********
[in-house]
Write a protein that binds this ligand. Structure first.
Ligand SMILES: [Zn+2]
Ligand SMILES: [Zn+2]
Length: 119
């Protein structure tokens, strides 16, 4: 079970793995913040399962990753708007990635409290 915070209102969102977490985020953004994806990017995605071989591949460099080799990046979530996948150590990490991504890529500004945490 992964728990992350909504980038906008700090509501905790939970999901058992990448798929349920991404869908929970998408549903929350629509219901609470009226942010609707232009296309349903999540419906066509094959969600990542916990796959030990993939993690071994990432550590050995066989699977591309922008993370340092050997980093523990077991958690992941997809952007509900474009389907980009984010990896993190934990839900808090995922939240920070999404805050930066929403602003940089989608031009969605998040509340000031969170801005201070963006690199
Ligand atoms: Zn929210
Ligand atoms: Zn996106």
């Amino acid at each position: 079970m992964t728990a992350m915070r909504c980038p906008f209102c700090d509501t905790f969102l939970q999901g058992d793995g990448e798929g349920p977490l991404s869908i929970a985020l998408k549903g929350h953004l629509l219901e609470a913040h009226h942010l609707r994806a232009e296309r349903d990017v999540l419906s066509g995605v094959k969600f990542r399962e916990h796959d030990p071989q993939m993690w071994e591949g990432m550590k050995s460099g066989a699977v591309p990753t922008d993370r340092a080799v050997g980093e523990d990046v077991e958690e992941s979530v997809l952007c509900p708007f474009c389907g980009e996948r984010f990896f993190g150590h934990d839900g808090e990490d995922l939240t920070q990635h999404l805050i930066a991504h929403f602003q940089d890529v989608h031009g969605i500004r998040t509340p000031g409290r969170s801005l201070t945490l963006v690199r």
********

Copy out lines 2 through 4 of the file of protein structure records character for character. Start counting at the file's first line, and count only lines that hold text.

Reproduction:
Write a protein that binds this ligand. Structure first.
Ligand SMILES: [Zn+2]
Ligand SMILES: [Zn+2]